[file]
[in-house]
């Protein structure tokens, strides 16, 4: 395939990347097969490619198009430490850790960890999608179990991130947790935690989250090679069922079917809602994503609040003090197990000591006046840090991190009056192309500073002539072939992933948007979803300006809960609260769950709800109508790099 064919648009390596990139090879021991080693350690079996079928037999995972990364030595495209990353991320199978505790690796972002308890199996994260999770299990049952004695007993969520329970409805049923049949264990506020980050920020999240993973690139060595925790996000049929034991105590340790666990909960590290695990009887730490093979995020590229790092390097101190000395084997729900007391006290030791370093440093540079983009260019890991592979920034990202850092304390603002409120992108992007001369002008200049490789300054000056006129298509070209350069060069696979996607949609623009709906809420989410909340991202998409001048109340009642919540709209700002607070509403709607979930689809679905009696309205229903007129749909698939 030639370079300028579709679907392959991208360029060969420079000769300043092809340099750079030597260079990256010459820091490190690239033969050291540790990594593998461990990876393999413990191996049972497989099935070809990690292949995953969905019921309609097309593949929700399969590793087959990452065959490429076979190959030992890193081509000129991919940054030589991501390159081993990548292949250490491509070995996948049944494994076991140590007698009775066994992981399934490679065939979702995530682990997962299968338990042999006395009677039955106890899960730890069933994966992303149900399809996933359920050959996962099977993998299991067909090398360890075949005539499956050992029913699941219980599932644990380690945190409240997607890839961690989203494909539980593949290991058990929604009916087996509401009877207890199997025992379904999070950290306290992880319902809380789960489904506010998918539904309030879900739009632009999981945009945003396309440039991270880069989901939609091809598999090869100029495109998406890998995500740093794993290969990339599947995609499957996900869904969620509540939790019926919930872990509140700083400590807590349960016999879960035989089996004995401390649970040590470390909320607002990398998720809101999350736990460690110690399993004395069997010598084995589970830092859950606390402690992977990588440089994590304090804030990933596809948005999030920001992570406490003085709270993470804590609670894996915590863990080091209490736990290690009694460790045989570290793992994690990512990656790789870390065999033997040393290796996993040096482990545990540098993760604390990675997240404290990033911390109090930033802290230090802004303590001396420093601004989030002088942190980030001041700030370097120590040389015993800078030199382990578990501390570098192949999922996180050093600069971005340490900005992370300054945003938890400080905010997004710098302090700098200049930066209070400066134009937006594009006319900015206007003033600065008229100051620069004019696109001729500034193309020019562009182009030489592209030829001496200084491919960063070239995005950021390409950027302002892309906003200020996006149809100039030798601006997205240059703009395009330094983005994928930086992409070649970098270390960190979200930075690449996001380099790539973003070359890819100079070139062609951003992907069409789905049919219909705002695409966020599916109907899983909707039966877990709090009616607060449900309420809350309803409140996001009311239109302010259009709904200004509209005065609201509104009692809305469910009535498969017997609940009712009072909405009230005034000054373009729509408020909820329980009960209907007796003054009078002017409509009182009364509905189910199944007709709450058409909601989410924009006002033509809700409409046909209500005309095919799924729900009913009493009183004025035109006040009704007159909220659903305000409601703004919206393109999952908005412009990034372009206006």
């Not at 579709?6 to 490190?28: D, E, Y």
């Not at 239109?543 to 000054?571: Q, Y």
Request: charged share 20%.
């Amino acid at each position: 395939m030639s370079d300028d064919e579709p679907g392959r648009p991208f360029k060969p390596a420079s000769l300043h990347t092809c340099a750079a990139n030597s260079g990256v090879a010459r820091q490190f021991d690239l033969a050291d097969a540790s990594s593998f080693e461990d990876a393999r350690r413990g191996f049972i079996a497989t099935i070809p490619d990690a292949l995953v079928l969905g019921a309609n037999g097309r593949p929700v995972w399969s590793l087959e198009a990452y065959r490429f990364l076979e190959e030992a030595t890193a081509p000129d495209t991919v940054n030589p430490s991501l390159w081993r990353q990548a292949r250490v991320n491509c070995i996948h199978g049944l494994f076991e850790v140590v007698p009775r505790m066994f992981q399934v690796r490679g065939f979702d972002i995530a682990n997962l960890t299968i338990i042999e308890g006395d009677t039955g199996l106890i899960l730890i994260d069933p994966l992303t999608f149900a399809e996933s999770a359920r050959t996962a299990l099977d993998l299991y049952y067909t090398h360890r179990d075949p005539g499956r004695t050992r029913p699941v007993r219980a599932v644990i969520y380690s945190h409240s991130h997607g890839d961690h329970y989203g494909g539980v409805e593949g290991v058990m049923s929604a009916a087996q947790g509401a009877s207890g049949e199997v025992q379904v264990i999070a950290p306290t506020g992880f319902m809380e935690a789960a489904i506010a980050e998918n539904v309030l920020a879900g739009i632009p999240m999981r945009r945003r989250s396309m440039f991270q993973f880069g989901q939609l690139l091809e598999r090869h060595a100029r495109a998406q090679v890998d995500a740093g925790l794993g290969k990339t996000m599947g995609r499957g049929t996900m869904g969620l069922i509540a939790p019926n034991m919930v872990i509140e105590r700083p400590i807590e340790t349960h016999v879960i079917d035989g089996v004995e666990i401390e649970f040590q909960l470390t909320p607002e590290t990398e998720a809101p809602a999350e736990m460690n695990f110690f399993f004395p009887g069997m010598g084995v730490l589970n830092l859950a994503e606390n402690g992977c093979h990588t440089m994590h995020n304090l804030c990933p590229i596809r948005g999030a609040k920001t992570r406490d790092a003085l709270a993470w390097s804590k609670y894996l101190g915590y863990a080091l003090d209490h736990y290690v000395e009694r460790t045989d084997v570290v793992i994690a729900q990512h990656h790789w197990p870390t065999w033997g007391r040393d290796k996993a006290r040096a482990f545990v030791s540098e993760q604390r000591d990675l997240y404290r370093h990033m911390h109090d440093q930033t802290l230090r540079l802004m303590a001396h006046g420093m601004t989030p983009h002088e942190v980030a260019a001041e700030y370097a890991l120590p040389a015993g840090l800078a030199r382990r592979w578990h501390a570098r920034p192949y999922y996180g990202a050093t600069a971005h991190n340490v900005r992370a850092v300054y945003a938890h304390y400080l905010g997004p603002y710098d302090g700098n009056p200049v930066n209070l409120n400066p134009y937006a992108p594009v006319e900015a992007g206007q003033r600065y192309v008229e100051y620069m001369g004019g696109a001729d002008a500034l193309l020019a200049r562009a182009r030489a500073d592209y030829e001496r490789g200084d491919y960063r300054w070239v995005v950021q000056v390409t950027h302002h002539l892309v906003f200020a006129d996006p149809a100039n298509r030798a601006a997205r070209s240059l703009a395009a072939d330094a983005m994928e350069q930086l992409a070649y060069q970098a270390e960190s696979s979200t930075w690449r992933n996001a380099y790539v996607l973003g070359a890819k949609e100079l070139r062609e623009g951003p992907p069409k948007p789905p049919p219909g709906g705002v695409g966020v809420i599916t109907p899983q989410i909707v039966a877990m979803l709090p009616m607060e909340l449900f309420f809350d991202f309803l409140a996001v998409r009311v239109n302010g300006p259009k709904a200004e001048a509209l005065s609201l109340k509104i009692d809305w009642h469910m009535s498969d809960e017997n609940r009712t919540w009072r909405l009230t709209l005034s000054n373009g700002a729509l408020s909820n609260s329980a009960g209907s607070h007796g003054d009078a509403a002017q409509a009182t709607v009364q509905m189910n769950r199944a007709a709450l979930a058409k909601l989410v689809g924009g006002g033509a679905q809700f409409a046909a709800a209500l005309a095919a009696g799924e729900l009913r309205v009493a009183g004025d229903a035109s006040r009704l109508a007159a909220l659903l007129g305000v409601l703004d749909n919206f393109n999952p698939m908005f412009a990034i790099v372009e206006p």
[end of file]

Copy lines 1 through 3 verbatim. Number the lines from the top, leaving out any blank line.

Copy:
[in-house]
């Protein structure tokens, strides 16, 4: 395939990347097969490619198009430490850790960890999608179990991130947790935690989250090679069922079917809602994503609040003090197990000591006046840090991190009056192309500073002539072939992933948007979803300006809960609260769950709800109508790099 064919648009390596990139090879021991080693350690079996079928037999995972990364030595495209990353991320199978505790690796972002308890199996994260999770299990049952004695007993969520329970409805049923049949264990506020980050920020999240993973690139060595925790996000049929034991105590340790666990909960590290695990009887730490093979995020590229790092390097101190000395084997729900007391006290030791370093440093540079983009260019890991592979920034990202850092304390603002409120992108992007001369002008200049490789300054000056006129298509070209350069060069696979996607949609623009709906809420989410909340991202998409001048109340009642919540709209700002607070509403709607979930689809679905009696309205229903007129749909698939 030639370079300028579709679907392959991208360029060969420079000769300043092809340099750079030597260079990256010459820091490190690239033969050291540790990594593998461990990876393999413990191996049972497989099935070809990690292949995953969905019921309609097309593949929700399969590793087959990452065959490429076979190959030992890193081509000129991919940054030589991501390159081993990548292949250490491509070995996948049944494994076991140590007698009775066994992981399934490679065939979702995530682990997962299968338990042999006395009677039955106890899960730890069933994966992303149900399809996933359920050959996962099977993998299991067909090398360890075949005539499956050992029913699941219980599932644990380690945190409240997607890839961690989203494909539980593949290991058990929604009916087996509401009877207890199997025992379904999070950290306290992880319902809380789960489904506010998918539904309030879900739009632009999981945009945003396309440039991270880069989901939609091809598999090869100029495109998406890998995500740093794993290969990339599947995609499957996900869904969620509540939790019926919930872990509140700083400590807590349960016999879960035989089996004995401390649970040590470390909320607002990398998720809101999350736990460690110690399993004395069997010598084995589970830092859950606390402690992977990588440089994590304090804030990933596809948005999030920001992570406490003085709270993470804590609670894996915590863990080091209490736990290690009694460790045989570290793992994690990512990656790789870390065999033997040393290796996993040096482990545990540098993760604390990675997240404290990033911390109090930033802290230090802004303590001396420093601004989030002088942190980030001041700030370097120590040389015993800078030199382990578990501390570098192949999922996180050093600069971005340490900005992370300054945003938890400080905010997004710098302090700098200049930066209070400066134009937006594009006319900015206007003033600065008229100051620069004019696109001729500034193309020019562009182009030489592209030829001496200084491919960063070239995005950021390409950027302002892309906003200020996006149809100039030798601006997205240059703009395009330094983005994928930086992409070649970098270390960190979200930075690449996001380099790539973003070359890819100079070139062609951003992907069409789905049919219909705002695409966020599916109907899983909707039966877990709090009616607060449900309420809350309803409140996001009311239109302010259009709904200004509209005065609201509104009692809305469910009535498969017997609940009712009072909405009230005034000054373009729509408020909820329980009960209907007796003054009078002017409509009182009364509905189910199944007709709450058409909601989410924009006002033509809700409409046909209500005309095919799924729900009913009493009183004025035109006040009704007159909220659903305000409601703004919206393109999952908005412009990034372009206006």
């Not at 579709?6 to 490190?28: D, E, Y």